Which country has Lake Eyre as its lowest point and Mount Kosciuszko as its highest point?
What enclave of Russia is located on the Baltic Sea? Is it Chuvashiya, Kaliningrad or Tatarstan?
These are the sort of questions that have been occupying a good deal of Ty McDowell's time lately. Ty is a fifth-grader at Mount Pleasant Elementary School, and he will compete on Friday for the state championship in the National Geographic Bee at UNCCharlotte.
It's been a long time since a Cabarrus County student qualified to compete at the state level. The principal and AIG teacher at Ty's school have been asking around, and the best guess is that it's been at least 20 years.
It wasn't an easy path for Ty to qualify. The process began in his classroom at school when all fourth- and fifth-grade students took a written geography test. The top 32 students then competed in a bee-style competition in which each student advanced for correct answers and was eliminated for an incorrect one. It took seven rounds of competition to whittle the field to 10 students.
Those 10 students moved to the next round, which had a mixed format. Some questions were asked of an individual student, to be answered orally, and some were asked to all students for written answers. This time it took just a couple rounds for Ty to be declared the school winner.
As school champion, Ty then took another written test, which was sent away to be scored against school winners from all over the state. Ty placed in the top 100 in North Carolina, earning him a trip to the state championship. There he will compete against students up to the eighth grade.
I asked Ty how he was preparing for the state competition.
He's been studying an atlas and practice questions provided by the National Geographic Society, the bee's sponsor. Those questions about Russian enclaves and Mount Kosciuszko are sample questions from National Geographic's website.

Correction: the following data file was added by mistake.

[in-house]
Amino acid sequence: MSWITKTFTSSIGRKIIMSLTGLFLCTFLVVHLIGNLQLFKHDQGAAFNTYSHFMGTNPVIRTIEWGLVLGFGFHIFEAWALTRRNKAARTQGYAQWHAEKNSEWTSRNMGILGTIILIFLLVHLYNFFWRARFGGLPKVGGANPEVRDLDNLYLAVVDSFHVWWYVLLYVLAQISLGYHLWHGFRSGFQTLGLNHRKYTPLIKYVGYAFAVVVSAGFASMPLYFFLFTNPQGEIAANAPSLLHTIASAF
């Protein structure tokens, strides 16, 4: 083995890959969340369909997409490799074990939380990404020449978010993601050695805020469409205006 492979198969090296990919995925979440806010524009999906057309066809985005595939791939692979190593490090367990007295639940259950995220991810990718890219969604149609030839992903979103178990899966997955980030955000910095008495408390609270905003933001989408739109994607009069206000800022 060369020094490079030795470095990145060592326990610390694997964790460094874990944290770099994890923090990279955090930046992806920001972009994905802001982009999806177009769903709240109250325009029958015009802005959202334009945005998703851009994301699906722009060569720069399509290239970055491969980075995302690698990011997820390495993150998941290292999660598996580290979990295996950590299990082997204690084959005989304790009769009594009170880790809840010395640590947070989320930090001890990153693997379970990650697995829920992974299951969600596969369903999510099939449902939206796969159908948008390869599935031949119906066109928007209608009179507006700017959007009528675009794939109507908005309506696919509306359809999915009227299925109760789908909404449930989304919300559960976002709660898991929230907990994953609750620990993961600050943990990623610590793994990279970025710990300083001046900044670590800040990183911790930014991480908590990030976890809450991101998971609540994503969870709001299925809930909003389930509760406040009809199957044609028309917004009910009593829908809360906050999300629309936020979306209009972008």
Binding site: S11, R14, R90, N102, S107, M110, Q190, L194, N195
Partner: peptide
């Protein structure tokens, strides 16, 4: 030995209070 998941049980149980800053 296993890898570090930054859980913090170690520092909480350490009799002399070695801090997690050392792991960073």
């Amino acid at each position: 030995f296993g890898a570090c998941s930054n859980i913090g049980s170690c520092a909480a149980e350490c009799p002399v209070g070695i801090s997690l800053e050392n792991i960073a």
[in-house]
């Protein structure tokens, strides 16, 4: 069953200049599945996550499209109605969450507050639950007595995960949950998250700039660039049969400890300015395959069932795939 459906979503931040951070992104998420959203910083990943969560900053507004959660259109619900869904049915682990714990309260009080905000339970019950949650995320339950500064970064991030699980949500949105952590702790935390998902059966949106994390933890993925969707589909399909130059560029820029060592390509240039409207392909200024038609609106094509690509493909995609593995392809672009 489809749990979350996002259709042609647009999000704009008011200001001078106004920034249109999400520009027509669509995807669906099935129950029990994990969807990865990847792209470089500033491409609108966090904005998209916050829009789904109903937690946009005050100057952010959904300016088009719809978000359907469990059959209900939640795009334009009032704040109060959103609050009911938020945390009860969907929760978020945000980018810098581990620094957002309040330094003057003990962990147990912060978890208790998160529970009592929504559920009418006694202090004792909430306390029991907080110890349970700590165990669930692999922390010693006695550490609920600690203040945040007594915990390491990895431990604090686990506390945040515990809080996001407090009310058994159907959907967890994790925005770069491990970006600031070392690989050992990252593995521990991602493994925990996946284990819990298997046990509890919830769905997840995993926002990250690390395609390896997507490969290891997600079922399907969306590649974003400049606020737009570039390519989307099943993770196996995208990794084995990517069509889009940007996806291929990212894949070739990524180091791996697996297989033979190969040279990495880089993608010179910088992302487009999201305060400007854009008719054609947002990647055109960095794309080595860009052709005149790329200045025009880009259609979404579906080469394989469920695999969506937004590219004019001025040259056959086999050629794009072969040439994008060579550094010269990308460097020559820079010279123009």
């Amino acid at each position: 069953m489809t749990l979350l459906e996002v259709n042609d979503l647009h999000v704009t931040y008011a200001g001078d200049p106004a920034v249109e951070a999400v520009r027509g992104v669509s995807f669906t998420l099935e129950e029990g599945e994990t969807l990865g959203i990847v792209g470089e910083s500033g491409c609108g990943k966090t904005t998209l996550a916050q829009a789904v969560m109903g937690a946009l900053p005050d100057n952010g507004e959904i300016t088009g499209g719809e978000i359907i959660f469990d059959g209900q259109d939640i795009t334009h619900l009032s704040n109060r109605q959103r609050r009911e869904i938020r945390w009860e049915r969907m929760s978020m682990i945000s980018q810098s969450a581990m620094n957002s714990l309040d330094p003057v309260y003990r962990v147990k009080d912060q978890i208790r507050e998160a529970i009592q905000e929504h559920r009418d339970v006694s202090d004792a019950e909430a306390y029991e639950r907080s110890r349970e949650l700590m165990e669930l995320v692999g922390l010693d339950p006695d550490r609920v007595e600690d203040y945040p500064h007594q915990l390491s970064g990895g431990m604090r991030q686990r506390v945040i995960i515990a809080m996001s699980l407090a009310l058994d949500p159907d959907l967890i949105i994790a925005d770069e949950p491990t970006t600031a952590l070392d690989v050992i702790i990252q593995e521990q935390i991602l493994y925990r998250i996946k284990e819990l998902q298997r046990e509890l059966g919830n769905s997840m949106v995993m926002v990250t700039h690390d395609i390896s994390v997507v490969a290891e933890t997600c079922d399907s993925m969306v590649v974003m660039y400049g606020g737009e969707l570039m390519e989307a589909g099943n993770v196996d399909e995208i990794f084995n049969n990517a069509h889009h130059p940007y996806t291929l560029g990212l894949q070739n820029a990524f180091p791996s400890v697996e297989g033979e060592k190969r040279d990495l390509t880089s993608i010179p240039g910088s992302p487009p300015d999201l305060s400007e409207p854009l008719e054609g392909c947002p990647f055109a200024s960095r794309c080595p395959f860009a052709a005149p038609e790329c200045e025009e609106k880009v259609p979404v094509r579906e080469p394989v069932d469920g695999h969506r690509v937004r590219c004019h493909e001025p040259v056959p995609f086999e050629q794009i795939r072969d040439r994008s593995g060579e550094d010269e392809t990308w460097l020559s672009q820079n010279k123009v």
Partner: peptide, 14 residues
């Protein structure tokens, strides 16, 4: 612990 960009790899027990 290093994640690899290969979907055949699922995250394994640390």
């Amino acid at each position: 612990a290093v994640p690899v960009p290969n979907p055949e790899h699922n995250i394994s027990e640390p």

Ty said it's tricky studying because the scope of the questions is so broad. Not only do bee participants have to know where things are, they also need a good knowledge of history, economics and science.
Here's another sample question: Which is the main reason deciduous trees do not grow in taiga or boreal forests?
According to Ty's mother, Connie Barrier, breadth of knowledge is his strength. She said her son reads constantly, retains everything with a photographic memory and is a good guesser. Ty agrees that, when it comes to multiple-choice questions, he can usually answer a question correctly by an informed process of elimination.
Ty also knows that some of his success will depend on luck, and that's OK with him. He's going to keep reading, keep studying and keep hoping he gets the right questions Friday.
No matter how well he does that day, he's already got a family and a school that are very proud.
And by the way, the answers are Australia, Kaliningrad and a short growing season.